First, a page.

Remembering What You Read (6:42)

One of the most common ways that students attempt to remember what they read is through highlighting-which, to be fair, is useful if done right. The problem is that it's really easy to highlight too much since everything seems important when you're first reading it. And this works against you because it's easy to believe that you "know" the things you've highlighted. When you look back through your book later on, you'll see them and think, "Oh yeah, I remember highlighting that!" and then, you might decide that you've memorized it.

But there are two ways to remember something: you can recall it or you can recognize it. The danger with highlighting is that it becomes very easy to mistake recognition - which requires a cue - with true recall, which involves pulling the memory from the depths of your brain's archives all on your own. The more you highlight, the greater this danger becomes. So if you do decide to highlight your books, be very selective about what gets highlighted.

A better idea might be to adopt what Cal Newport calls the Morse Code method. Here's how he explains it: first, if you come across a sentence that seems to be laying out a big, interesting idea, draw a quick dot next to it in the margin of the book. Secondly, if you come across an example or explanation that supports the previous big idea, draw a quick dash next to it in the margin, instead of a dot. This lets you avoid slowing down while reading, which enables you to smoothly move through and comprehend the whole text before going back to review. Once you do, the dots and dashes will allow you to take smarter notes on what you've read.

Speaking of notes, it's finally time to talk about active reading. This is the process of truly engaging with the text instead of passively just running your eyes over it, which will help you retain a lot more of what you read. Lots of study books and teachers explain active reading in terms of a system called SQ3R, which stands for Survey, Question, Read, Recite, and Review.

Surveying is essentially pre-reading. Before you start an assignment, skim over the whole thing quickly. Look over the beginning overview, the headings, and any review questions at the end of the chapter. Doing this primes your brain in advance, which will help the most important information stick out later.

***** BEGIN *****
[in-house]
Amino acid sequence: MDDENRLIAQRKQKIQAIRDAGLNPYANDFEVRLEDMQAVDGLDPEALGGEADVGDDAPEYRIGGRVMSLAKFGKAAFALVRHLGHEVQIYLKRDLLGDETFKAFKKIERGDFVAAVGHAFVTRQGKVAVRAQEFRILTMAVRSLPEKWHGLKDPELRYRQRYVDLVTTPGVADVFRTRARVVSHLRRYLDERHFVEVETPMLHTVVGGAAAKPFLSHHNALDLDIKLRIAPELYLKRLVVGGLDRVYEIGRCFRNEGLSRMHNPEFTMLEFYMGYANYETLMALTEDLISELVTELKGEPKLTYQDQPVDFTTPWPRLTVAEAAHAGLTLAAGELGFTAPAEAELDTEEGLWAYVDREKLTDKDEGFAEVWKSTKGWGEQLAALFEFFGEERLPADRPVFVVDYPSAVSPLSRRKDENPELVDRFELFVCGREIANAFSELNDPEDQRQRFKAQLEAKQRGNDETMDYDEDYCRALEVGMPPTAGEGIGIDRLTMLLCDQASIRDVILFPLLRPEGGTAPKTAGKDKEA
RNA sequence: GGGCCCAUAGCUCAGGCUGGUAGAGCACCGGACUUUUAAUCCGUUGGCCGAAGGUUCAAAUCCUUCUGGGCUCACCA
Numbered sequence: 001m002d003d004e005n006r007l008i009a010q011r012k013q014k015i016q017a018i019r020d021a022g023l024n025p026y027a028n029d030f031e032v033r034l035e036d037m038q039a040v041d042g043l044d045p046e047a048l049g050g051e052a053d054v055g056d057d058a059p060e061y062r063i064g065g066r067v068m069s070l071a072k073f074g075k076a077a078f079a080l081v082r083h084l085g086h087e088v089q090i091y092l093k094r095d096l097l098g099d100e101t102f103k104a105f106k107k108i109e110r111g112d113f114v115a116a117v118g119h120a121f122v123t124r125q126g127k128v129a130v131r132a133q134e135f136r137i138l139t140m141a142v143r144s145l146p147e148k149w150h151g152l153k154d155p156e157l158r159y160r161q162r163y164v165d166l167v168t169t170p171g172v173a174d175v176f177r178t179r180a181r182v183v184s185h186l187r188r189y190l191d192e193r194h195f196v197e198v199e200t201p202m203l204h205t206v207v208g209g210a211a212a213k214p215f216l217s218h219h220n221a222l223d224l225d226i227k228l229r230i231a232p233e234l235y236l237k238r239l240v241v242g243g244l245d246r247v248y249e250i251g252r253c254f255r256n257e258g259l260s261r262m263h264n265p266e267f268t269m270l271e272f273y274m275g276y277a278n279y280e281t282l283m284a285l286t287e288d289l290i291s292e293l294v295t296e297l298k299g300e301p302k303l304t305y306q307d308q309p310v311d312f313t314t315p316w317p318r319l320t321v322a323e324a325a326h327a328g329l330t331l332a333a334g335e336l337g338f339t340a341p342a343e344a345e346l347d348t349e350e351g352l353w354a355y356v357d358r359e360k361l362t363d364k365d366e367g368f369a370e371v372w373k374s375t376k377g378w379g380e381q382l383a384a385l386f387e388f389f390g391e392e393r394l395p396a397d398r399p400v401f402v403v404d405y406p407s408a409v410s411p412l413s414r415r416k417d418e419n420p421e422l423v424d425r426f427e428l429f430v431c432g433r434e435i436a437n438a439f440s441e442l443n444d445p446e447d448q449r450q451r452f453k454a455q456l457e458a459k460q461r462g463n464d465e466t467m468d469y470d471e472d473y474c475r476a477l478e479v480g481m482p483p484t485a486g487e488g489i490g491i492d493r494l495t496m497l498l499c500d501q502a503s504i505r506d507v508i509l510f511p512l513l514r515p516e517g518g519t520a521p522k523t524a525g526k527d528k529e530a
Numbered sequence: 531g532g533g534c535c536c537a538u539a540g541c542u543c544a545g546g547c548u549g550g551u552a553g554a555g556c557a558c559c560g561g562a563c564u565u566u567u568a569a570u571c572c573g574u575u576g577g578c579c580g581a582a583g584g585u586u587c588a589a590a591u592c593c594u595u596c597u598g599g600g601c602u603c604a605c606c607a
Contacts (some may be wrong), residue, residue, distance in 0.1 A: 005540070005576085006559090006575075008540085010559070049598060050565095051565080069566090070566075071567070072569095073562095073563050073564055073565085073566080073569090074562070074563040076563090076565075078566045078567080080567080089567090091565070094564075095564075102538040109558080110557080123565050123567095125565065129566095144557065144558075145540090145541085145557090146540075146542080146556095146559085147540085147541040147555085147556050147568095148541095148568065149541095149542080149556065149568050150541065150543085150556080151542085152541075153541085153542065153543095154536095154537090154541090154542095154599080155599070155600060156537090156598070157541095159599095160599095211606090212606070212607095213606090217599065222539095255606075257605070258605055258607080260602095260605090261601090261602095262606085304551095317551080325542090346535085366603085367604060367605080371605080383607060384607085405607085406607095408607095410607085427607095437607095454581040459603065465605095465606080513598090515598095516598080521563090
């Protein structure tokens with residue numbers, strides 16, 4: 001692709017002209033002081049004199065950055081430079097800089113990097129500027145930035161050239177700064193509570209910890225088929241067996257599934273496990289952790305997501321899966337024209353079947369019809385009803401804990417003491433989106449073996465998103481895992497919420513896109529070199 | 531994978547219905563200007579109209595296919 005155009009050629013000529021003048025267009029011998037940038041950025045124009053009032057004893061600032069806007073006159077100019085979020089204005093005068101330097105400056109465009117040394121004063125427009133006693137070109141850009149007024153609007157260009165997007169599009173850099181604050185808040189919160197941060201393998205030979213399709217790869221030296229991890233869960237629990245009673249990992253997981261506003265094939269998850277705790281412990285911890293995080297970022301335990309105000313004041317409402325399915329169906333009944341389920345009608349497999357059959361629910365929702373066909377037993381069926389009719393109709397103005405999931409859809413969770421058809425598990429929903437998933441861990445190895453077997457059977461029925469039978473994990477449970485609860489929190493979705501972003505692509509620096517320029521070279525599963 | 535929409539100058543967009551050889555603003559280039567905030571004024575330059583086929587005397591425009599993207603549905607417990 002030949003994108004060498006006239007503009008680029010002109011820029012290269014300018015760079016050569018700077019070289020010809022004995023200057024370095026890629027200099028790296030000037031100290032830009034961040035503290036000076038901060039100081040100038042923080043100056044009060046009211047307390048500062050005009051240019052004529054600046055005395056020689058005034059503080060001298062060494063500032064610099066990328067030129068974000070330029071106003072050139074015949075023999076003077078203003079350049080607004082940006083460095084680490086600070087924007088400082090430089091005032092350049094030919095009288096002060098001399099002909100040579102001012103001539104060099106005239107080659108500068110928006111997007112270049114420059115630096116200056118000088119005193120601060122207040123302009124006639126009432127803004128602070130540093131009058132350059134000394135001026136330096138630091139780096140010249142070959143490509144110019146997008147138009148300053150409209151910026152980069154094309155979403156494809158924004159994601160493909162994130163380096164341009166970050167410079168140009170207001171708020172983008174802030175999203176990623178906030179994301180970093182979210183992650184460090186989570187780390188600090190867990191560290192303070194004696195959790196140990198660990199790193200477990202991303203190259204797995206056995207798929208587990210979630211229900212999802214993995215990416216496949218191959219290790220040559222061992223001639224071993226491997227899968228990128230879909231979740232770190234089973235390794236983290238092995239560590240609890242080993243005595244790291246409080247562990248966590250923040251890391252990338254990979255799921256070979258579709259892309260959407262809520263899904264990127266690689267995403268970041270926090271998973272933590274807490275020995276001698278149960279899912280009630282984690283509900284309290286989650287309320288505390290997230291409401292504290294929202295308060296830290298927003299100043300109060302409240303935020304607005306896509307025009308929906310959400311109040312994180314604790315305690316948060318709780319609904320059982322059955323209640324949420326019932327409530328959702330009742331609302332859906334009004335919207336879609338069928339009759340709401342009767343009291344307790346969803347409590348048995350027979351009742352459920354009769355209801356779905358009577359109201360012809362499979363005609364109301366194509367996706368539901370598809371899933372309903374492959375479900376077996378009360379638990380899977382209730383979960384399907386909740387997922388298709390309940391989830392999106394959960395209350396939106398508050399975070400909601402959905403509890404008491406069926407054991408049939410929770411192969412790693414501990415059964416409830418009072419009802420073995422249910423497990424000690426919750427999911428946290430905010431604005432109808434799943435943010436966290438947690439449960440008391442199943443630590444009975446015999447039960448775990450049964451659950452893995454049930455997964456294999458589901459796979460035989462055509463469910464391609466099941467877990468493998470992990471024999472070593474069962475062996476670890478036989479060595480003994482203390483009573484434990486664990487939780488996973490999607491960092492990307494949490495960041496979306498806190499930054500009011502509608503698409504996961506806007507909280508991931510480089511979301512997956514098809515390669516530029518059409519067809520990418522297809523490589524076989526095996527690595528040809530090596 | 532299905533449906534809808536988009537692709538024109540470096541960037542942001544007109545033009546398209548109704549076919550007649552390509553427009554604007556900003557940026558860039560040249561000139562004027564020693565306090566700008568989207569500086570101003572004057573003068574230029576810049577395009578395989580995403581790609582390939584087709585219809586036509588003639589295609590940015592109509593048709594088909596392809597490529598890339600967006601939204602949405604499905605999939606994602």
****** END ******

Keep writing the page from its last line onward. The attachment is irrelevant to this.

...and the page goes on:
You can actually see how well priming works right now. Close your eyes for a few seconds and concentrate on a specific color. When you open them, you'll easily notice that color around in the environment around you. Surveying does the same thing with text.

Questioning simply involves writing out some questions that come to mind before starting the reading. I actually do this quite often before researching my video topics, as it helps to-again-prime my brain to pick out the most important bits and not spend too much time off in the weeds.

Reading...well, that's reading. That leads into reciting, which is a catch-all word for either taking notes or summarizing what you've read. Now, if you had infinite time, you could do both, but since you probably don't, I'll note that summaries are more useful for big concepts you need to understand intimately, and more detailed notes will be better for fact-heavy readings.

We'll effective review strategies in a future video. For now, I'll wrap up by mentioning that I don't think you need to follow SQ3R perfectly in order to get the benefits of active reading.

In fact, I don't recommend many rigid, acronym-basef systems at all. Execpt for maybe SCAR: Stop Complaining And Read.

  Credits (9:21)

Thanks for watching, and I'll see you next time.

Crash Course Study Skills is filmed in the Dr. Cheryl C. Kinney Crash Course Studio in Missoula, MT, and it's made with the help of all these nice people. If you'd like to keep Crash Course free for everyone, forever, you can support the series at Patreon, a crowdfunding platform that allows you to support the content that you love.